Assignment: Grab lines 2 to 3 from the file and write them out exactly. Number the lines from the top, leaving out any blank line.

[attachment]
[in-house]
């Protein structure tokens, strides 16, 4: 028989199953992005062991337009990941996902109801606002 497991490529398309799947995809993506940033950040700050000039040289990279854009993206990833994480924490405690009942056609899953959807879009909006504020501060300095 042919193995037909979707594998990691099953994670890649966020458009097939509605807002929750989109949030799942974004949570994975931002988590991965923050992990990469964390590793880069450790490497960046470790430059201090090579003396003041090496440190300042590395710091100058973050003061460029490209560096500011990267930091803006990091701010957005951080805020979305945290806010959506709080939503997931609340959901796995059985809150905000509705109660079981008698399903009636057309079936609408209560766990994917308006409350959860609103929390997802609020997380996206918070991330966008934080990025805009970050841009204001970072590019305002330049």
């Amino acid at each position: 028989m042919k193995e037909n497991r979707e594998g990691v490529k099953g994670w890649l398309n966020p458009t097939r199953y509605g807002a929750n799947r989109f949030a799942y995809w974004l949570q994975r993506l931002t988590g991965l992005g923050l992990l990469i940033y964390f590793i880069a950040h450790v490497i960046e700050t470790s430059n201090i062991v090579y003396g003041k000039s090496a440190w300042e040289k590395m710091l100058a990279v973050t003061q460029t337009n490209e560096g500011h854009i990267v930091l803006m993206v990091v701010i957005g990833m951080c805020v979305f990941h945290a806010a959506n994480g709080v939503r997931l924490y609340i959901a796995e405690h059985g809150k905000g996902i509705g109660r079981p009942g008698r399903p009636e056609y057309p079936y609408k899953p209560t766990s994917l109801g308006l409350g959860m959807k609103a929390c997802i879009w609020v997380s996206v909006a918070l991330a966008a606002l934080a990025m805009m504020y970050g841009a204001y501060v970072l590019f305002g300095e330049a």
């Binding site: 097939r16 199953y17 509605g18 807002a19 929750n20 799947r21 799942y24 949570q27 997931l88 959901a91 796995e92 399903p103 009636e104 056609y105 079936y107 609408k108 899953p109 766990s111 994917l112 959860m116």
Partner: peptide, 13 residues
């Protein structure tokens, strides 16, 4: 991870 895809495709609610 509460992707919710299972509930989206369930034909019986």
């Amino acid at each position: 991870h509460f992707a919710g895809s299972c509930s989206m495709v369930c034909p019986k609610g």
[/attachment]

């Protein structure tokens, strides 16, 4: 028989199953992005062991337009990941996902109801606002 497991490529398309799947995809993506940033950040700050000039040289990279854009993206990833994480924490405690009942056609899953959807879009909006504020501060300095 042919193995037909979707594998990691099953994670890649966020458009097939509605807002929750989109949030799942974004949570994975931002988590991965923050992990990469964390590793880069450790490497960046470790430059201090090579003396003041090496440190300042590395710091100058973050003061460029490209560096500011990267930091803006990091701010957005951080805020979305945290806010959506709080939503997931609340959901796995059985809150905000509705109660079981008698399903009636057309079936609408209560766990994917308006409350959860609103929390997802609020997380996206918070991330966008934080990025805009970050841009204001970072590019305002330049």
């Amino acid at each position: 028989m042919k193995e037909n497991r979707e594998g990691v490529k099953g994670w890649l398309n966020p458009t097939r199953y509605g807002a929750n799947r989109f949030a799942y995809w974004l949570q994975r993506l931002t988590g991965l992005g923050l992990l990469i940033y964390f590793i880069a950040h450790v490497i960046e700050t470790s430059n201090i062991v090579y003396g003041k000039s090496a440190w300042e040289k590395m710091l100058a990279v973050t003061q460029t337009n490209e560096g500011h854009i990267v930091l803006m993206v990091v701010i957005g990833m951080c805020v979305f990941h945290a806010a959506n994480g709080v939503r997931l924490y609340i959901a796995e405690h059985g809150k905000g996902i509705g109660r079981p009942g008698r399903p009636e056609y057309p079936y609408k899953p209560t766990s994917l109801g308006l409350g959860m959807k609103a929390c997802i879009w609020v997380s996206v909006a918070l991330a966008a606002l934080a990025m805009m504020y970050g841009a204001y501060v970072l590019f305002g300095e330049a």